Angela Mitropoulos, an Australian academic and author of Contract and Contagion: From Biopolitics to Oikonomia, recently posted a note on her blog about the origins of the term “identitarianism.” This is something that’s come up at different points in debates over the past few years, including the controversy sparked by the late Mark Fisher’s article “Exiting the Vampire Castle,” so I thought it might be germane to treat the issue at greater length. Mitropoulos directly intervened in that debate against Fisher, moreover, so it’s appropriate to engage with her at that level as well.
“Identitarianism” is an unfortunate word, for several reasons. First of all, it’s an awkward and off-putting construction. Ugly neologisms — phrases like “pluriversal transmodernity,” “phallogocentric ontotheology,” “decolonial epistemology,” etc. — are these days sadly all too common. Second, it’s a polysemous expression, signifying more than one thing. Often it refers to things which are not just distinct from one another but even opposite in meaning, a problem I’ve written about before. Lastly, it has both positive and negative connotations depending on what’s meant and who’s using it.
Hopefully, this will become clear in what follows. Returning to Mitropoulos’ entry, mentioned at the outset, we find:
Adorno coined the term “identitarianism” in Negative Dialectics (1966), prompted by critique of Kantian and Hegelian philosophies.
The argument, very briefly, goes something like this: Like Hegel, Adorno rejected the manner of Kant’s distinction between noumenal and phenomenal forms. Put simply, Adorno granted Hegel’s claim concerning the historically- and conceptually-generative qualities of non-correspondence, but wanted to press Marx’s critique of philosophical idealism further against Hegelian Marxism. Adorno remains a dialectician. But, unlike Hegel and more like Marx, he eschewed the affirmative, synthetic moves of consciousness (i.e., philosophical idealism) and accorded epistemological-historical priority to the object (matter, materialism) rather than the subject (idealism) in explaining the course of this generative, non-correspondence (or non-identity). Identitarianism and the idealist philosophies of Kant and Hegel are thereby contrasted to a materialist philosophy of non-correspondence, or what Adorno calls “negative dialectics.”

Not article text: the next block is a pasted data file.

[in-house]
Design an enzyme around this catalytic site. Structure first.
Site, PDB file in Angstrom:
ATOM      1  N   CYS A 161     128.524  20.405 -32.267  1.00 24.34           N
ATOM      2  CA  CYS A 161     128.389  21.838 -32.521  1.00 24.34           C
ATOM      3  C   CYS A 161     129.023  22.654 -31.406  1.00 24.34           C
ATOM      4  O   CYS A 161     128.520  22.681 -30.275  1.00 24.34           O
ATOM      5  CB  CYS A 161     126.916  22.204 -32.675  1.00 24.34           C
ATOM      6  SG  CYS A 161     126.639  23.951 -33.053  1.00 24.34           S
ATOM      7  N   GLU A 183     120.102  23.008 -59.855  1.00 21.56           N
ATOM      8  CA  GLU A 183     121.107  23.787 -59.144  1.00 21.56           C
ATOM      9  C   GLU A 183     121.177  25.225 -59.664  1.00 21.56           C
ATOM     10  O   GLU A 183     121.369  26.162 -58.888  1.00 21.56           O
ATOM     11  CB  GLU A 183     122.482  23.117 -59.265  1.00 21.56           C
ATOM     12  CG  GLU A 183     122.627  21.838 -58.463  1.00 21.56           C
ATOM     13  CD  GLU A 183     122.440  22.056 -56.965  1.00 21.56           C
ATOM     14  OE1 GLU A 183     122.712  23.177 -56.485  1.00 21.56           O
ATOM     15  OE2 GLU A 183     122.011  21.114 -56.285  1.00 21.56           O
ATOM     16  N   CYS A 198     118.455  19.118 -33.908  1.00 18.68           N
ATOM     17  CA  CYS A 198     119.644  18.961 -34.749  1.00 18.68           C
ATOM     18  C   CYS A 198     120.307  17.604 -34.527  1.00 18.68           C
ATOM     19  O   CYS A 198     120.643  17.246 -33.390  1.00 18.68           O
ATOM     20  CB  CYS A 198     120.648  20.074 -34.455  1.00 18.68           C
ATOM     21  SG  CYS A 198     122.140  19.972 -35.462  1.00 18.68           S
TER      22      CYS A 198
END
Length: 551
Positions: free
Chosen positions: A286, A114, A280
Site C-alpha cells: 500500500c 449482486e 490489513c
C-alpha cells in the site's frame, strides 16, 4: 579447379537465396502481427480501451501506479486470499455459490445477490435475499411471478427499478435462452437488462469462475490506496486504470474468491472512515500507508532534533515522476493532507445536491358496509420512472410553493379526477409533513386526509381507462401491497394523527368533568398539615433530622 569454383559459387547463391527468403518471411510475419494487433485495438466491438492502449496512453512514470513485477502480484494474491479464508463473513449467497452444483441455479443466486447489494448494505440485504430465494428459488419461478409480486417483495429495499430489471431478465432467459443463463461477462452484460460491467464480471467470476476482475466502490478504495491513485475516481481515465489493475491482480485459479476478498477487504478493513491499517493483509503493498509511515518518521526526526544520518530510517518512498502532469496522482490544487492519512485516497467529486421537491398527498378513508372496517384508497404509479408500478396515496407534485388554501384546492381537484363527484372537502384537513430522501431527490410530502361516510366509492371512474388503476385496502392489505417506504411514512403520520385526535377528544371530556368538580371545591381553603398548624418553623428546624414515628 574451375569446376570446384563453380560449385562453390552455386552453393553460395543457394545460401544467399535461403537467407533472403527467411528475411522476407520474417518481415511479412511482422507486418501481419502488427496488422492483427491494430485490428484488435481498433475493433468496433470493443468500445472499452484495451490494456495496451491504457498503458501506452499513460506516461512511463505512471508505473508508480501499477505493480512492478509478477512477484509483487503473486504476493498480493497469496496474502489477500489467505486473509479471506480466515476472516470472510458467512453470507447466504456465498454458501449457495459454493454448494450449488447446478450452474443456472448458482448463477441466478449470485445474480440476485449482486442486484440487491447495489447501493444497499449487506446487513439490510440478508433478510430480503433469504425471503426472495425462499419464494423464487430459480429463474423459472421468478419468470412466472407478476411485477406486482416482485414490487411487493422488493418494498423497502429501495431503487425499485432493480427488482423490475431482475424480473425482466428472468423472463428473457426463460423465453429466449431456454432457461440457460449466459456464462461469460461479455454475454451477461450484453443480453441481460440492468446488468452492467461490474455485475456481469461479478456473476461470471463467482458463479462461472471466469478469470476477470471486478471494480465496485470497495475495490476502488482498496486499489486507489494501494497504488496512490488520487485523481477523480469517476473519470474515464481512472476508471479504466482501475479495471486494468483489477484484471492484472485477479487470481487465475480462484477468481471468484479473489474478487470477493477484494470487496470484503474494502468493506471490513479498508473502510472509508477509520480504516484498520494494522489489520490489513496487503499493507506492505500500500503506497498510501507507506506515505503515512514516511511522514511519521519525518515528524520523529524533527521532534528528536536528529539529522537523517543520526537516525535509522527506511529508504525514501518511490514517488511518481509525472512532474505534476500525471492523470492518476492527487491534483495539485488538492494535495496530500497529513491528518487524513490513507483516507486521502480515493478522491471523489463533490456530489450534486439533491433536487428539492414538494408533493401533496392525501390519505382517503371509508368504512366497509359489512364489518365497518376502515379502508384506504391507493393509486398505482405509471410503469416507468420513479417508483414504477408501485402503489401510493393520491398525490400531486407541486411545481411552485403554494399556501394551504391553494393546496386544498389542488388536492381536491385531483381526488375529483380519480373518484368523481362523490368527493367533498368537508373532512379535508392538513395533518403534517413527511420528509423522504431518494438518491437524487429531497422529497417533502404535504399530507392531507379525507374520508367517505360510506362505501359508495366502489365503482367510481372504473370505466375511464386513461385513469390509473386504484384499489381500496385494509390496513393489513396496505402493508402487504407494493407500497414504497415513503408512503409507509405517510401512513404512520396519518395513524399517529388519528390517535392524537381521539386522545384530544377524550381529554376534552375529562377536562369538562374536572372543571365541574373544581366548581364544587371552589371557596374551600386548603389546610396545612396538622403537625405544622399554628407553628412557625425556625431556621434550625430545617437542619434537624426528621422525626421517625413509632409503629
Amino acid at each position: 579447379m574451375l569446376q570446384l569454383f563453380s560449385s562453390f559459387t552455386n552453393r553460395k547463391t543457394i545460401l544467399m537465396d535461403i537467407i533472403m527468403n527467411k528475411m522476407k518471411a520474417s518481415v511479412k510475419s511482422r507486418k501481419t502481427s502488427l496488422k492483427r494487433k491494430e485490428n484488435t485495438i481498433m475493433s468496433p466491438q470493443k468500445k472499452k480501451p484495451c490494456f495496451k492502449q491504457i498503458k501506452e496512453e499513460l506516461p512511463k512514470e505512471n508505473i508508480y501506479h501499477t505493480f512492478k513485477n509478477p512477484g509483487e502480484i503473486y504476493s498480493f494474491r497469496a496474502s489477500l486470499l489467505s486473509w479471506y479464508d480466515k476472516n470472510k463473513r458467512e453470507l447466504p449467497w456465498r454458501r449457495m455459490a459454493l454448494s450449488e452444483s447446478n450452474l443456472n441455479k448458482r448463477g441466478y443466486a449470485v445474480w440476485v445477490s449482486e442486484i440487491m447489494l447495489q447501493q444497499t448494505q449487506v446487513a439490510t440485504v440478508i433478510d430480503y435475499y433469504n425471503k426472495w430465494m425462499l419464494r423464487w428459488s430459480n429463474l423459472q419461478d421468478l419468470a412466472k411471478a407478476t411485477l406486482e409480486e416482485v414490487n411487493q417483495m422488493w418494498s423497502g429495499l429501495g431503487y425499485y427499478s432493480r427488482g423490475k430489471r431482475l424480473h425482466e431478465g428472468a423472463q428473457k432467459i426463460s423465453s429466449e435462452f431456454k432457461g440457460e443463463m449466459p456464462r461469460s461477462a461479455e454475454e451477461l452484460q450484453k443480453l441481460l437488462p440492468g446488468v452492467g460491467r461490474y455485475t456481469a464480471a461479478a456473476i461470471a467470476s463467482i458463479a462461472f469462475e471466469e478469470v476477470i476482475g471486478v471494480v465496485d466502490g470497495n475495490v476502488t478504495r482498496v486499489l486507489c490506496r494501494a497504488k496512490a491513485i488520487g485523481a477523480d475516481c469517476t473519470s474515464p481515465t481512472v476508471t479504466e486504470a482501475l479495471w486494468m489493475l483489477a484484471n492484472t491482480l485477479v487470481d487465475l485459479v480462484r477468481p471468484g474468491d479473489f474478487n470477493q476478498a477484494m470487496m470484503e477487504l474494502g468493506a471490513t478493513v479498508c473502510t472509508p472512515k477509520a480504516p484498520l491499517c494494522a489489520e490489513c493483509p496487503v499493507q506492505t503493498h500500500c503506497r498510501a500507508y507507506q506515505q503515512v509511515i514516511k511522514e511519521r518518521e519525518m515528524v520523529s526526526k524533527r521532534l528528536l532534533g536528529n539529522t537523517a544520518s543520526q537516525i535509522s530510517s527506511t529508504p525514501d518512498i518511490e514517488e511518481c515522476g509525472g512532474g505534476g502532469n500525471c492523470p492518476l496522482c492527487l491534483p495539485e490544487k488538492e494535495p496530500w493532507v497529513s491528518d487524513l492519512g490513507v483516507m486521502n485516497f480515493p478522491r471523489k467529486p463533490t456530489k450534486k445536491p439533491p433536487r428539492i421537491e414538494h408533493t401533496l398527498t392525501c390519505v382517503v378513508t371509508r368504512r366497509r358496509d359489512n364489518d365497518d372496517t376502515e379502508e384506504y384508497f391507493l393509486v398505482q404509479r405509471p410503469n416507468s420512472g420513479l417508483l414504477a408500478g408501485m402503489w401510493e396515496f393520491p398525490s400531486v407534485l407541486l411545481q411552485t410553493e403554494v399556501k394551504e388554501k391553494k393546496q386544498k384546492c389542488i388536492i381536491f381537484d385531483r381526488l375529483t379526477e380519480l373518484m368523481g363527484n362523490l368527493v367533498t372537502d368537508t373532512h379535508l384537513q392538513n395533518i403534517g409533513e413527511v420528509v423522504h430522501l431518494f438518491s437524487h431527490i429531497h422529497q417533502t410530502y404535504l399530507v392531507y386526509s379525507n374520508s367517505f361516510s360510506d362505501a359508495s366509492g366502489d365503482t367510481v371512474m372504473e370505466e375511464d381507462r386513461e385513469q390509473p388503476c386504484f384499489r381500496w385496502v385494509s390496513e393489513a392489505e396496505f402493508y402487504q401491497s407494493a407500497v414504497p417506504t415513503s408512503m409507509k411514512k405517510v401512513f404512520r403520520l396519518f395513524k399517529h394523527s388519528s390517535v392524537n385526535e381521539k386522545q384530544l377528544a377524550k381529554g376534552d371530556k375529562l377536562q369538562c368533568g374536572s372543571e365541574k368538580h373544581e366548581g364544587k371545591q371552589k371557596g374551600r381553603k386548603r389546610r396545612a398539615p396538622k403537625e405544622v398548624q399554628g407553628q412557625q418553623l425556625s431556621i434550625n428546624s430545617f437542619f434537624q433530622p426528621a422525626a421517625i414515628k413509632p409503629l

How it happened that “identitarianism” came to be plausibly used as a synonym for “identity politics” — or, more accurately, co-opted by arch-identitarian Hegelian Marxists against any emphasis on race, gender and/or sexuality, and in their defense of more or less explicit arguments that class is the a priori or primary categorical division of substance — is a mystery to me.
Mitropoulos distinguishes, in other words, between the homogeneity asserted by logical operations of equivalence or identity, which declare unlike things (A & B) to be alike (A = B), and the heterogeneity asserted by various identity groups with competing sectional interests, which declare themselves different from everything else. She indicates, quite correctly, that the former was criticized by Adorno in the sixties, whereas the latter has been criticized by figures like Adolph Reed, Walter Benn Michaels, Nancy Fraser, and Mark Fisher over the last fifteen or so years. Continue reading